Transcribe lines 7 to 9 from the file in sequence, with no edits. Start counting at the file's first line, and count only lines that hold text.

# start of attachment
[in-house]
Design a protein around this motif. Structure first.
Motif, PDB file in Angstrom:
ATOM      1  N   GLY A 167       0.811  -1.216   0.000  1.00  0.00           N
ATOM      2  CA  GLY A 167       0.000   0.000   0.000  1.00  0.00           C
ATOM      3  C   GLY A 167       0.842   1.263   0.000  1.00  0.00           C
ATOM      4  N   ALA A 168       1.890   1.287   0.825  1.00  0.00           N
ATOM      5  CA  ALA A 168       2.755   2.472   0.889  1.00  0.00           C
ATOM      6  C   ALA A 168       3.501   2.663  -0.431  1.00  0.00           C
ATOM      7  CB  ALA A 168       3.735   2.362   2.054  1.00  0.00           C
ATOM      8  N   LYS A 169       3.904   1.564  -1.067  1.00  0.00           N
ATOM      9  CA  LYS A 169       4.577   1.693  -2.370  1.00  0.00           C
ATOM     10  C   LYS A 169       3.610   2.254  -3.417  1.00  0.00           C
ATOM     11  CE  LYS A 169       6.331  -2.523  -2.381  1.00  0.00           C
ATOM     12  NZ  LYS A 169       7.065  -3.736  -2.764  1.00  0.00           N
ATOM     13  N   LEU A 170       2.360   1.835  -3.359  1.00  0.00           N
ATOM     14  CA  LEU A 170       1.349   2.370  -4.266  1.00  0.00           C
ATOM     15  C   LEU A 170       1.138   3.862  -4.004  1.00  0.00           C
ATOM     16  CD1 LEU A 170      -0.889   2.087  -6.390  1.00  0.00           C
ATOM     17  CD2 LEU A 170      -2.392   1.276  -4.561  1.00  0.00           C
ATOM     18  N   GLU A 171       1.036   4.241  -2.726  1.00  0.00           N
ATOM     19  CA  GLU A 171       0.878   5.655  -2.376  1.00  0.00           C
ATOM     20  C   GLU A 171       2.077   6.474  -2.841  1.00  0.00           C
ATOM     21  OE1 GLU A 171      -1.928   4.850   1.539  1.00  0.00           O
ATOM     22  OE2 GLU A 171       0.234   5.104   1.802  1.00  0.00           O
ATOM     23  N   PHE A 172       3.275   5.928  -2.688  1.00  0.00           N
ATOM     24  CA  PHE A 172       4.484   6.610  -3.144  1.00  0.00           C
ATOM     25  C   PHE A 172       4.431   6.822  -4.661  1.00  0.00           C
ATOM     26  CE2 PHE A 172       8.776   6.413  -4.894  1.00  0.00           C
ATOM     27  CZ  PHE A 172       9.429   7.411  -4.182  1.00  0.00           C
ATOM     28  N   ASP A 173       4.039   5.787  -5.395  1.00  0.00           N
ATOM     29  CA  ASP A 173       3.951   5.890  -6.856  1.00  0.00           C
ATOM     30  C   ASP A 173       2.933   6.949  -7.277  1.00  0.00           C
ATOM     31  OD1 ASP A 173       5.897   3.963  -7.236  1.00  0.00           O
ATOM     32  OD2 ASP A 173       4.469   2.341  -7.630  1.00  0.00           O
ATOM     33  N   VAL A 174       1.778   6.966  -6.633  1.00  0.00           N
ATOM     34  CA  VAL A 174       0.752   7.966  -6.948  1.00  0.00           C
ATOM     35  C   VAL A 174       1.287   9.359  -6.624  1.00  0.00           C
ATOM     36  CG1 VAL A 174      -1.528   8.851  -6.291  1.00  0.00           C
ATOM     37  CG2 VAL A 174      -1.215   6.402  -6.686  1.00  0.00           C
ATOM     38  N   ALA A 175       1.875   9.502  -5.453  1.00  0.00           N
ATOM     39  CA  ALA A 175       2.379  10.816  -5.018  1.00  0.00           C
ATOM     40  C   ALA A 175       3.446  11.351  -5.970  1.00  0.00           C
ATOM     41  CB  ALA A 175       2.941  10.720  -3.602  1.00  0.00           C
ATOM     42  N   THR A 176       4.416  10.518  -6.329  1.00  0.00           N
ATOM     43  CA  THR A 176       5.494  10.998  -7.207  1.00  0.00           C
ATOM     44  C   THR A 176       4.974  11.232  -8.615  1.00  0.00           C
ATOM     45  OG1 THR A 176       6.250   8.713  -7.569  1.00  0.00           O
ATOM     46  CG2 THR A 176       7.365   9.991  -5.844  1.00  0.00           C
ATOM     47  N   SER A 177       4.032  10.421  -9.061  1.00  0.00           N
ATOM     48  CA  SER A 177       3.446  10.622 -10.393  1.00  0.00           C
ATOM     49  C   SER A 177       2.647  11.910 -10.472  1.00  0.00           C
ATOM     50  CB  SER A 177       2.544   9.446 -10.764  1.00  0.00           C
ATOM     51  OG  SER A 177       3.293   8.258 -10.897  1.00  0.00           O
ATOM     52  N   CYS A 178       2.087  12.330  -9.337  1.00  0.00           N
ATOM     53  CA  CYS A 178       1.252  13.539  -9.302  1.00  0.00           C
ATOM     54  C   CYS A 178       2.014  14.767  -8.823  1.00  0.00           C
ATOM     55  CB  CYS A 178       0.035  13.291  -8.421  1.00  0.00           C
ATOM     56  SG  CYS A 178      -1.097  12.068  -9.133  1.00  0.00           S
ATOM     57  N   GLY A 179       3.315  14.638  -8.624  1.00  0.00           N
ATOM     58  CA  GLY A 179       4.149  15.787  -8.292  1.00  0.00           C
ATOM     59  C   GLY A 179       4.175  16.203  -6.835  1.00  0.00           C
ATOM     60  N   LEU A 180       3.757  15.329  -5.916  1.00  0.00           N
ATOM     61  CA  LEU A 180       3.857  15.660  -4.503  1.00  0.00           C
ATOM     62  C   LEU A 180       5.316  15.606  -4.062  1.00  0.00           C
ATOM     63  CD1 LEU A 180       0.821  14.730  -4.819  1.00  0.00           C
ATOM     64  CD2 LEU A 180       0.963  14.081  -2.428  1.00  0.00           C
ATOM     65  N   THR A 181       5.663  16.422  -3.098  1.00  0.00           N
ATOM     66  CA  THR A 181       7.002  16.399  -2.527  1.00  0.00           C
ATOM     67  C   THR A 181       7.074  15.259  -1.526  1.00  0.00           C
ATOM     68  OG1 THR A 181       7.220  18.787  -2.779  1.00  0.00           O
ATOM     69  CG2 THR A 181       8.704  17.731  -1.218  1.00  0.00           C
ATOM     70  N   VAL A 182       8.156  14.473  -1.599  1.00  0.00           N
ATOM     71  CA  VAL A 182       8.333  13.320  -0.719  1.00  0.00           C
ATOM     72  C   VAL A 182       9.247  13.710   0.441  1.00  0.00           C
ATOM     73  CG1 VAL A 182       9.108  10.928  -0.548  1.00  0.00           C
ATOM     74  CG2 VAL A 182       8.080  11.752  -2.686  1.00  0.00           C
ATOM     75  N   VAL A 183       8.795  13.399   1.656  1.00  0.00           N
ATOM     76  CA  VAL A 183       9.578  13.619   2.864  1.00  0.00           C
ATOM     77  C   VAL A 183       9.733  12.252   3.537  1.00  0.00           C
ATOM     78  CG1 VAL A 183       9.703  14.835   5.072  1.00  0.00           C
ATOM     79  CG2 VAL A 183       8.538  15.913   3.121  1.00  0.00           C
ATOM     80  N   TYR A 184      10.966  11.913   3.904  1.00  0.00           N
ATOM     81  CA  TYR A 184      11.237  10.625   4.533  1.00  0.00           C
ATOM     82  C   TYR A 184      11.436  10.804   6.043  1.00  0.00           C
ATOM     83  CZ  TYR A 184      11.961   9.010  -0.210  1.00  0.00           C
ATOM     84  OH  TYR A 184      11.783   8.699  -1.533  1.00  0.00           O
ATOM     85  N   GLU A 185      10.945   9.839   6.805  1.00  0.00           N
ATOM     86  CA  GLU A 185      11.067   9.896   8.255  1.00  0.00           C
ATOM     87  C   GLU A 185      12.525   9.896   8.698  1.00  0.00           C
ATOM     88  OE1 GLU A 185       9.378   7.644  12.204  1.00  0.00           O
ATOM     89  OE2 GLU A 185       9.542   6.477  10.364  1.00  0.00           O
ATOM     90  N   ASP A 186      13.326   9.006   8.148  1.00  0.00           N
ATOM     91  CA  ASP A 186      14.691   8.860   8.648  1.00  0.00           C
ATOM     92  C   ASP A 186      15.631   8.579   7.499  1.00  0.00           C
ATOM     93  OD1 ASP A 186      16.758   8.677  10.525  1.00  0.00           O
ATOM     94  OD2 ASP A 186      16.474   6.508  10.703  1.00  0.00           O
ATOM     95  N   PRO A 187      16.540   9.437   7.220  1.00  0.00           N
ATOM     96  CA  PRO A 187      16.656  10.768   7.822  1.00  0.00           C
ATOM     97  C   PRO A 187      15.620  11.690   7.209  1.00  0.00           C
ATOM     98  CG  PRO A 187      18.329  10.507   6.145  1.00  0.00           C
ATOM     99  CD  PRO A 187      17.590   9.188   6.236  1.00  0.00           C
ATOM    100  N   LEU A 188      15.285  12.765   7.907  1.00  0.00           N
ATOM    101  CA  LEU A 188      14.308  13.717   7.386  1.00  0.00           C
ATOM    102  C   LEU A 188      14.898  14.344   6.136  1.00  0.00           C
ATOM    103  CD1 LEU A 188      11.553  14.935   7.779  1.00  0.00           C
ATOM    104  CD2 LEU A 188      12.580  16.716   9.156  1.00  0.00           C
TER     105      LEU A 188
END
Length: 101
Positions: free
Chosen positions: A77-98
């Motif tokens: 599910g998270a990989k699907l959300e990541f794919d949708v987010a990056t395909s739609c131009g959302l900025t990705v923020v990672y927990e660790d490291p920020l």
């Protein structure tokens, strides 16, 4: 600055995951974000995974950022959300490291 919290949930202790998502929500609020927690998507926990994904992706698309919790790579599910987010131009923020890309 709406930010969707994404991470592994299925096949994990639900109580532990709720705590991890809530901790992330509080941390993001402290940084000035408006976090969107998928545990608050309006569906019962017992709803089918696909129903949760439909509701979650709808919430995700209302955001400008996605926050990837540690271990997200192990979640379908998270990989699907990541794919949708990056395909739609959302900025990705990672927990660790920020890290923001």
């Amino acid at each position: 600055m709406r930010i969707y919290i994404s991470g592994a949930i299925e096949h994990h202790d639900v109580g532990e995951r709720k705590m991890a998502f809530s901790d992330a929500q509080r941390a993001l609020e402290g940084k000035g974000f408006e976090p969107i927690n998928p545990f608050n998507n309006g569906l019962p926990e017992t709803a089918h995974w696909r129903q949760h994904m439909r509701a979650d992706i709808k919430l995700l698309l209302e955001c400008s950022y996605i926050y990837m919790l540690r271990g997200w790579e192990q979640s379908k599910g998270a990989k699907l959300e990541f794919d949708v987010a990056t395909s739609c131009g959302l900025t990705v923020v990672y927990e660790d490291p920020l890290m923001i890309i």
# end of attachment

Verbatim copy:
ATOM      4  N   ALA A 168       1.890   1.287   0.825  1.00  0.00           N
ATOM      5  CA  ALA A 168       2.755   2.472   0.889  1.00  0.00           C
ATOM      6  C   ALA A 168       3.501   2.663  -0.431  1.00  0.00           C